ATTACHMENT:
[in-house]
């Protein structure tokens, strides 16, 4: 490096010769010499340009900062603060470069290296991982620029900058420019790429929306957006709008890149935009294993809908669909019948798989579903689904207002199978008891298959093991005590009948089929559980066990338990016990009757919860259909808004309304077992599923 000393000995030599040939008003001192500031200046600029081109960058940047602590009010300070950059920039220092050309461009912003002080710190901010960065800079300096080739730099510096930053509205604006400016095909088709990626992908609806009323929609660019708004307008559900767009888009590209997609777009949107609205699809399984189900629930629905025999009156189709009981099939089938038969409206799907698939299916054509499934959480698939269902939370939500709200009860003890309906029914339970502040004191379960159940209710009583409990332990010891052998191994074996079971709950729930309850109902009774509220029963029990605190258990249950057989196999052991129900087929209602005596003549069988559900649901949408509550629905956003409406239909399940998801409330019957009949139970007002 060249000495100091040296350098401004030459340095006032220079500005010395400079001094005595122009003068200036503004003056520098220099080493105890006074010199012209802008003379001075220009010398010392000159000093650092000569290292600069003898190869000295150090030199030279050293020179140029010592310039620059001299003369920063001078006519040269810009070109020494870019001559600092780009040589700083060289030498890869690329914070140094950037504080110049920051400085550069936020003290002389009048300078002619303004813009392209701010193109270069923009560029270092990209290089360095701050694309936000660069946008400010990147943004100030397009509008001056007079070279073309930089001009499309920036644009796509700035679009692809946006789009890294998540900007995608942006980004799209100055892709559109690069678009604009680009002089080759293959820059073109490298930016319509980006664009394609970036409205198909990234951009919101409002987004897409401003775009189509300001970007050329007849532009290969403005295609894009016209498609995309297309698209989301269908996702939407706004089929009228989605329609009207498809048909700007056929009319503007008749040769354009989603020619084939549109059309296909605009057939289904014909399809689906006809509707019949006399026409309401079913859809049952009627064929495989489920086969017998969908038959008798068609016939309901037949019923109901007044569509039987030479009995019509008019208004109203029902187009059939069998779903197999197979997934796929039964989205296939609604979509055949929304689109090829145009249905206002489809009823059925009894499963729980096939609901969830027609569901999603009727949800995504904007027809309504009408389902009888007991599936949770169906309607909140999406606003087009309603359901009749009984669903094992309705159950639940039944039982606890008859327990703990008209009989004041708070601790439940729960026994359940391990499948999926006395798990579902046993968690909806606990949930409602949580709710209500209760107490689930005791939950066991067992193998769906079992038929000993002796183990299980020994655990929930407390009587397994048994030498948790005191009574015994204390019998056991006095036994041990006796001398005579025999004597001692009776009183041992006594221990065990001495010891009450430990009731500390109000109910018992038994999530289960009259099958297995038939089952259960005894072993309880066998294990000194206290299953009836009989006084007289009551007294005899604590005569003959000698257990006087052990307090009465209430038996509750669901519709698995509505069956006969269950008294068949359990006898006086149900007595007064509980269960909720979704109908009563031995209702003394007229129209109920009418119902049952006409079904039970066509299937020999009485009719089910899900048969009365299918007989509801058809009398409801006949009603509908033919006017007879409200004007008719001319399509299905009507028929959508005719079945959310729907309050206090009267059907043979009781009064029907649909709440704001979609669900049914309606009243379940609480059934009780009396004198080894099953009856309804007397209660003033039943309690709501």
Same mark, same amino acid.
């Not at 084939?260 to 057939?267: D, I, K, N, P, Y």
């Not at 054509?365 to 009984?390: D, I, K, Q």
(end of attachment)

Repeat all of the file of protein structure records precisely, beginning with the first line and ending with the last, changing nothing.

[in-house]
């Protein structure tokens, strides 16, 4: 490096010769010499340009900062603060470069290296991982620029900058420019790429929306957006709008890149935009294993809908669909019948798989579903689904207002199978008891298959093991005590009948089929559980066990338990016990009757919860259909808004309304077992599923 000393000995030599040939008003001192500031200046600029081109960058940047602590009010300070950059920039220092050309461009912003002080710190901010960065800079300096080739730099510096930053509205604006400016095909088709990626992908609806009323929609660019708004307008559900767009888009590209997609777009949107609205699809399984189900629930629905025999009156189709009981099939089938038969409206799907698939299916054509499934959480698939269902939370939500709200009860003890309906029914339970502040004191379960159940209710009583409990332990010891052998191994074996079971709950729930309850109902009774509220029963029990605190258990249950057989196999052991129900087929209602005596003549069988559900649901949408509550629905956003409406239909399940998801409330019957009949139970007002 060249000495100091040296350098401004030459340095006032220079500005010395400079001094005595122009003068200036503004003056520098220099080493105890006074010199012209802008003379001075220009010398010392000159000093650092000569290292600069003898190869000295150090030199030279050293020179140029010592310039620059001299003369920063001078006519040269810009070109020494870019001559600092780009040589700083060289030498890869690329914070140094950037504080110049920051400085550069936020003290002389009048300078002619303004813009392209701010193109270069923009560029270092990209290089360095701050694309936000660069946008400010990147943004100030397009509008001056007079070279073309930089001009499309920036644009796509700035679009692809946006789009890294998540900007995608942006980004799209100055892709559109690069678009604009680009002089080759293959820059073109490298930016319509980006664009394609970036409205198909990234951009919101409002987004897409401003775009189509300001970007050329007849532009290969403005295609894009016209498609995309297309698209989301269908996702939407706004089929009228989605329609009207498809048909700007056929009319503007008749040769354009989603020619084939549109059309296909605009057939289904014909399809689906006809509707019949006399026409309401079913859809049952009627064929495989489920086969017998969908038959008798068609016939309901037949019923109901007044569509039987030479009995019509008019208004109203029902187009059939069998779903197999197979997934796929039964989205296939609604979509055949929304689109090829145009249905206002489809009823059925009894499963729980096939609901969830027609569901999603009727949800995504904007027809309504009408389902009888007991599936949770169906309607909140999406606003087009309603359901009749009984669903094992309705159950639940039944039982606890008859327990703990008209009989004041708070601790439940729960026994359940391990499948999926006395798990579902046993968690909806606990949930409602949580709710209500209760107490689930005791939950066991067992193998769906079992038929000993002796183990299980020994655990929930407390009587397994048994030498948790005191009574015994204390019998056991006095036994041990006796001398005579025999004597001692009776009183041992006594221990065990001495010891009450430990009731500390109000109910018992038994999530289960009259099958297995038939089952259960005894072993309880066998294990000194206290299953009836009989006084007289009551007294005899604590005569003959000698257990006087052990307090009465209430038996509750669901519709698995509505069956006969269950008294068949359990006898006086149900007595007064509980269960909720979704109908009563031995209702003394007229129209109920009418119902049952006409079904039970066509299937020999009485009719089910899900048969009365299918007989509801058809009398409801006949009603509908033919006017007879409200004007008719001319399509299905009507028929959508005719079945959310729907309050206090009267059907043979009781009064029907649909709440704001979609669900049914309606009243379940609480059934009780009396004198080894099953009856309804007397209660003033039943309690709501």
Same mark, same amino acid.
């Not at 084939?260 to 057939?267: D, I, K, N, P, Y």
């Not at 054509?365 to 009984?390: D, I, K, Q």